On a previous article that I wrote in 2012, I mentioned 4 programming languages that you should be learning when it comes to the development of clinical trials. Why is this important, you may ask? Clinical Trials is a method to determine if a new drug or treatment will work on disease or will it be beneficial to patients. If you have never written a line of code in your life, you are in the right place. If you have some programming experience, but interesting in learning clinical programming, this information can be helpful.
But shouldn’t I be Learning ________?
Here are the latest eClinical programming languages you should learn:
1. SAS®: Data analysis and result reporting are two major tasks to SAS® programers. Currently, SAS is offering certifications as a Clinical Trials Programmer. Some of the skills you should learned are:
- clinical trials process
- accessing, managing, and transforming clinical trials data
- statistical procedures and macro programming
- reporting clinical trials results
- validating clinical trial data reporting
2. ODM/XML: Operational Data Modeling or ODM uses XML to build the standard data exchange models that are being developed to support the data acquisition, exchange and archiving of operational data.
3. CDISC Language: Yes. This is not just any code. This is the standard language on clinical trials and you should be learning it right now. The future is here now. The EDC code as we know it will eventually go away as more and more vendors try to adapt their systems and technologies to meet rules and regulations. Some of the skills you should learn:
- Annotation of variables and variable values – SDTM aCRF
- Define XML – CDISC SDTM datasets
- ADaM datasets – CDISC ADaM datasets
CDISC has established data standards to speed-up data review and FDA is now suggesting that soon this will become the norm. Pharmaceuticals, bio-technologies companies and many sponsors within clinical research are now better equipped to improve CDISC implementation.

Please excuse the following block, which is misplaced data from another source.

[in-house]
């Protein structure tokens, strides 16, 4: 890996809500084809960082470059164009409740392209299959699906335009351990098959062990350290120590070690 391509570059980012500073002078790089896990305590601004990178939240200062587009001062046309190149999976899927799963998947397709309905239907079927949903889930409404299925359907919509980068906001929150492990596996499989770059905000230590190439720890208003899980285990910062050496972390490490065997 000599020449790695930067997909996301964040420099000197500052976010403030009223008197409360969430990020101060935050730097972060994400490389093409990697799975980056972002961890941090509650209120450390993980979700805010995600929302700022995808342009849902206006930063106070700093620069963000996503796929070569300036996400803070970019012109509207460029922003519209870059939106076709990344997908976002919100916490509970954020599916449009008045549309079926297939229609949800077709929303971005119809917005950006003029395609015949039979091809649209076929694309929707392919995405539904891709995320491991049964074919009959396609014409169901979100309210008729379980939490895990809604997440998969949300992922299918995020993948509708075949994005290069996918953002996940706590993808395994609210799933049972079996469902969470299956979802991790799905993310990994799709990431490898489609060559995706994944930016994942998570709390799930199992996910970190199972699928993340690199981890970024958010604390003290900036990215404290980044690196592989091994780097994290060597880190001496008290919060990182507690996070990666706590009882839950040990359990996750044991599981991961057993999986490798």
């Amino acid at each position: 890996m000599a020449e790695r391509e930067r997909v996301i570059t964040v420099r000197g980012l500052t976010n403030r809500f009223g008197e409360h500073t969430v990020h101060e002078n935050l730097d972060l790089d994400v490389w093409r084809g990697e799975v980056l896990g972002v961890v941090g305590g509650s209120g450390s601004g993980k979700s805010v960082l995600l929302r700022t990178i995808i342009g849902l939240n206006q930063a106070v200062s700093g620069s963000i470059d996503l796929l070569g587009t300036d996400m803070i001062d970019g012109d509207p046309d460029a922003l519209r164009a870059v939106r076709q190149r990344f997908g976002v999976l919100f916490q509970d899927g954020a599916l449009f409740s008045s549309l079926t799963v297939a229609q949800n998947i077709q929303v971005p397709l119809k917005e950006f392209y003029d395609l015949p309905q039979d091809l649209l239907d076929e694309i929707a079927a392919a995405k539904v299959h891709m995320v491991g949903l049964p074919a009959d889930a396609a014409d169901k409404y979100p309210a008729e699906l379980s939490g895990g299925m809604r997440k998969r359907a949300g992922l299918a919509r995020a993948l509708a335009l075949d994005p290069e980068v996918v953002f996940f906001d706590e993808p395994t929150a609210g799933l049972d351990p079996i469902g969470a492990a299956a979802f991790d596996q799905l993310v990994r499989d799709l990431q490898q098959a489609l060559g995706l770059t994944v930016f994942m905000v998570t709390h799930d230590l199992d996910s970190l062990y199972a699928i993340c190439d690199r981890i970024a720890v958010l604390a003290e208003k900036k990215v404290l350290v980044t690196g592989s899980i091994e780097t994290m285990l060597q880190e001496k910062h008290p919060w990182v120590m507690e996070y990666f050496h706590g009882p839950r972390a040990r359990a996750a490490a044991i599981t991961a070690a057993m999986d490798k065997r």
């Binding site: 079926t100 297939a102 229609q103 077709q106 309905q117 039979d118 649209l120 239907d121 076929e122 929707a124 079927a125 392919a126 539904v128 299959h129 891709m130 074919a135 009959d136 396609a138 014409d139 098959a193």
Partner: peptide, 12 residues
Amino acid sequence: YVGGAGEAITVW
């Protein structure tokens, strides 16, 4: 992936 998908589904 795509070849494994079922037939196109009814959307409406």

Everyone should learn to code
Therefore, SAS® and XML are now cooperating. XML Engine in SAS® v9.0 is built up so one can import a wide variety of XML documentation. SAS® does what is does best – statistics, and XML does what it does best – creating report–quality tables by taking advantage of the full feature set of the publishing software. This conversation can produce report-quality tables in an automated hands-off/light out process.
Standards are more than just CDISC
If you are looking for your next career in Clinical Data Management, then SAS and CDISC SDTM should land you into the right path of career development and job security.
Conclusion: Learn the basics and advanced SAS clinical programming concepts such as reading and manipulating clinical data. Using the clinical features and basic SAS programming concepts of clinical trials, you will be able to import ADAM, CDISC or other standards for domain structure and contents into the metadata, build clinical domain target table metadata from those standards, create jobs to load clinical domains, validate the structure and content of the clinical domains based on the standards, and to generate CDISC standard define.xml files that describes the domain tables for clinical submissions.
Anayansi Gamboa has an extensive background in clinical data management as well as experience with different EDC systems including Oracle InForm, InForm Architect, Central Designer, CIS, Clintrial, Medidata Rave, Central Coding, OpenClinica – Open Source and Oracle Clinical.
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